I think the focus on the user role is important, right? I mean because ultimately that’s what matters. It’s being able to get these clinicians to use utilize the tool to improve outcomes, really.

So, I know that as a component of the user interface, you can actually just hover over an interaction and find alternative treatments, which is no small feat obviously, right? Can you tell me a little bit about the development of that algorithm and the power and the speed of the alternative treatment feature of PEPID’s PGx.

Yeah, that’s a cool one, right? That’s my favorite, by the way. So, the PGx by default comes back with alternative drug suggestions, right? Here’s your alternative, so we’re looking at this inside the PGx and we go, “I’m gonna give you two or three alternatives, but there may be multiples of alternatives and there may be multiples of categories of other alternatives, right? As a physician or a pharmacist, you may want to move to a completely different category for your alternative, right? So I can’t show you 10,000 drugs.

What we did is, basically, we start with… “Here’s a couple of known alternatives you might want to go to, and then we share what we call our “table of contents” of the drugs and categories. Then you go to the table of contents – a listing of drugs – and as you scroll over those drugs we actually populate the alternative back into the PGx result, and you can see on your screen – real time: “Here’s the other interactions that you’re about to cause if you replace that drug with this alternative.” Right?

So, you scroll down through your list of drugs. They’re just popping on the screen: here’s what’s gonna happen, here’s what’s gonna happen, what’s gonna happen. You can imagine the speed of that all, right? You just popping down through on the screen and then you decide what you want to do. It’s an amazing feature, right? It’s almost a standalone feature if you think about it, but it’s part of our PGx.

So, the challenge is there, and it took us quite a while to get this, right? The challenges there, obviously, [are] the processing. I mean, you’re processing through potentially thousands of interactions, millions of records to try to get this information to pop on the screen in real time. We went through several different algorithms. What we ended up with in the end was a multi-threaded approach, right? So, there are multithreads happening down here – all over the place – when you start rolling down through this alternative drug picker. So, it was a challenge, right? It’s pretty fun.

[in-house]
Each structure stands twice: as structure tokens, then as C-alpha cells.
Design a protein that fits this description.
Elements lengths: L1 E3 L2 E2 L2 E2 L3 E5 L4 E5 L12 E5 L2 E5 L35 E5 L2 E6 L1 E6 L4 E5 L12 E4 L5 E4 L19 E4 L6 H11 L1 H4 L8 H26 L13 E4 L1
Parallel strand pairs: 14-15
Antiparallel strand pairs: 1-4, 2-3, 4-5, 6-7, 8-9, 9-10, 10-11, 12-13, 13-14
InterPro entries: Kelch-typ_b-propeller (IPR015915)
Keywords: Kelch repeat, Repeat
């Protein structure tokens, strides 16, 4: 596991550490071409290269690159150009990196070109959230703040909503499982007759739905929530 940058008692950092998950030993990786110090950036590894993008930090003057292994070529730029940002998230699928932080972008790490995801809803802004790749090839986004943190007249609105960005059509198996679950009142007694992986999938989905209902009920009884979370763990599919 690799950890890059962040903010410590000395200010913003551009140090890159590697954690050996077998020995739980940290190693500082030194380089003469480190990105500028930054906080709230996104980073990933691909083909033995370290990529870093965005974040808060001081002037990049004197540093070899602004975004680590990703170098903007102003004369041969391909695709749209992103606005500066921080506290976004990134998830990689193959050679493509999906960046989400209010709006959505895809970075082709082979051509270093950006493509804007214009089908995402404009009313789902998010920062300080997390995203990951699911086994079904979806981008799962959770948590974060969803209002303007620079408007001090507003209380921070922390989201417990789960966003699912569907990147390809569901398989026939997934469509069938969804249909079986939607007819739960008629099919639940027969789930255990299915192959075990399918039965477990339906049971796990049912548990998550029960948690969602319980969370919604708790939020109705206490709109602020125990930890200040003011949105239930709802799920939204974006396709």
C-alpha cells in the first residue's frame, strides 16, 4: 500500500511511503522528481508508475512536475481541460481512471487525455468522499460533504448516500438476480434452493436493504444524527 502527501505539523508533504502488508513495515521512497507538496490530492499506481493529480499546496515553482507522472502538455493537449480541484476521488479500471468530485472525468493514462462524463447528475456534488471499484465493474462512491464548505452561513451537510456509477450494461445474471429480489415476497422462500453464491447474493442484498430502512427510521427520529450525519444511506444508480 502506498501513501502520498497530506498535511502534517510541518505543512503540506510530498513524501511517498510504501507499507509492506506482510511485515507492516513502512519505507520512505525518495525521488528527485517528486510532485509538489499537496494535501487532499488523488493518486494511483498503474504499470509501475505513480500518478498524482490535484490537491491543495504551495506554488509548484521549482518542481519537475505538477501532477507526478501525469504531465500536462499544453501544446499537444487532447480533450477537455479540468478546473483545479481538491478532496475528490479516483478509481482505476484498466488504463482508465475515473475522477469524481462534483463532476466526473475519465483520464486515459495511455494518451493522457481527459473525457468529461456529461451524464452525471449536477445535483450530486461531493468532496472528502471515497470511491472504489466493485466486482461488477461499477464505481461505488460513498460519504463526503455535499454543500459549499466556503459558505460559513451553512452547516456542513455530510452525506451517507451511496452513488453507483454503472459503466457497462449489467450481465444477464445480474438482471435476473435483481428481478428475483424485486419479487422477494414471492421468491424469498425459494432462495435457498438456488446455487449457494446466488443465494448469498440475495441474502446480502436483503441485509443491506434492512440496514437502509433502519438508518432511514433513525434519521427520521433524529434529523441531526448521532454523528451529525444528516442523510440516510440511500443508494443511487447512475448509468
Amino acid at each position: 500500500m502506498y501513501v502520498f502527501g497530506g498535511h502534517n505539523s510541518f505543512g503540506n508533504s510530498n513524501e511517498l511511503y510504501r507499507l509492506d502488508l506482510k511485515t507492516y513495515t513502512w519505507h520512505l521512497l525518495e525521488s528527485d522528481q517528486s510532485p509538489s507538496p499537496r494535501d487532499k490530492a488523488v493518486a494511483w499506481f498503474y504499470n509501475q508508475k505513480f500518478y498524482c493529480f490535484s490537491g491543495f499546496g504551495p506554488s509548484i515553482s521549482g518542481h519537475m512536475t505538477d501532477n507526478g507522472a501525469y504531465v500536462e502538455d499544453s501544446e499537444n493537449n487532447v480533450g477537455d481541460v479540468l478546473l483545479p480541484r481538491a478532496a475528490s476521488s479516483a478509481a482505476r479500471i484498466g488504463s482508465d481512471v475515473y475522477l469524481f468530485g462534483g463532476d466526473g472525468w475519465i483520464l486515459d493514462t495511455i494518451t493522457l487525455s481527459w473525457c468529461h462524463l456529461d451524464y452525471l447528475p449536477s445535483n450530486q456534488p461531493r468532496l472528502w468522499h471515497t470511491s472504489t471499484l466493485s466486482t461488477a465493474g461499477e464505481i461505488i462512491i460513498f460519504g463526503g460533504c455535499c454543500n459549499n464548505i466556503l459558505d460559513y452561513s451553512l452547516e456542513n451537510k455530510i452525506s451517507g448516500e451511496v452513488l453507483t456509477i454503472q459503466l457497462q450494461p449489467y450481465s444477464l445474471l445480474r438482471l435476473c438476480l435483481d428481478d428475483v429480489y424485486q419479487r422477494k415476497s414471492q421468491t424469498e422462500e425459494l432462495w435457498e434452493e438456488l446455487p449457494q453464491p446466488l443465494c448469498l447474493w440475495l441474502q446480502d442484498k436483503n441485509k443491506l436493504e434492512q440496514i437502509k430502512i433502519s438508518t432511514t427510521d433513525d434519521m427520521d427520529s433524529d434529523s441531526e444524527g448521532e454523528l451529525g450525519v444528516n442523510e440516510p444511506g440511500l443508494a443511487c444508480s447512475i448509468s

We weren’t sure at first if we’re gonna be able to make it work. We had it in for a while. We worked a couple algorithms and, “Oh, man! We got to take this out. It’s just too slow.” And nothing [didn’t] work. It’s just the responses – it was not there. So, we actually took it out for a while. I had to think about it, go back through and rework it, and then, “Ah yeah, we got it.” It’s a cool feature. I like it.

I mean, I think that’s one of the most amazing features. It’s really cool.

It’s fun to watch! If nothing else, it’s fun to watch.


I mean, at the point-of-care you’re literally just able to immediately recommend alternative treatments and stuff. It really is incredibly powerful so it’s interesting that it had to go through multiple revision cycles to make it to its final form.

Yup! Hair pulling and, “Let’s think about it a couple days.” Yup, yup!


So let’s get into wrapping up here, Mr. Reynolds. You know, we’re aware of the constantly changing regulations and standards in healthcare. How does PEPID’s PGx help clinicians at the point-of-care to meet these ever-growing patient outcome requirements both today and in the future?

You know, Sean, I’m not a clinician, right? But I know for a fact that there are regulations in hospitals today, and what have you, that say you can’t be readmitted. If you are readmitted and the insurance isn’t going to pay, there are several – I’ll use the word “penalty factors” – that occur for readmissions. There are certain penalty factors that occur when a patient is in the hospital inpatient scenario, and you have another condition occur – like, a blood clot or something like that. So, I know these things are happening, right? And these penalties are being posed on hospitals today.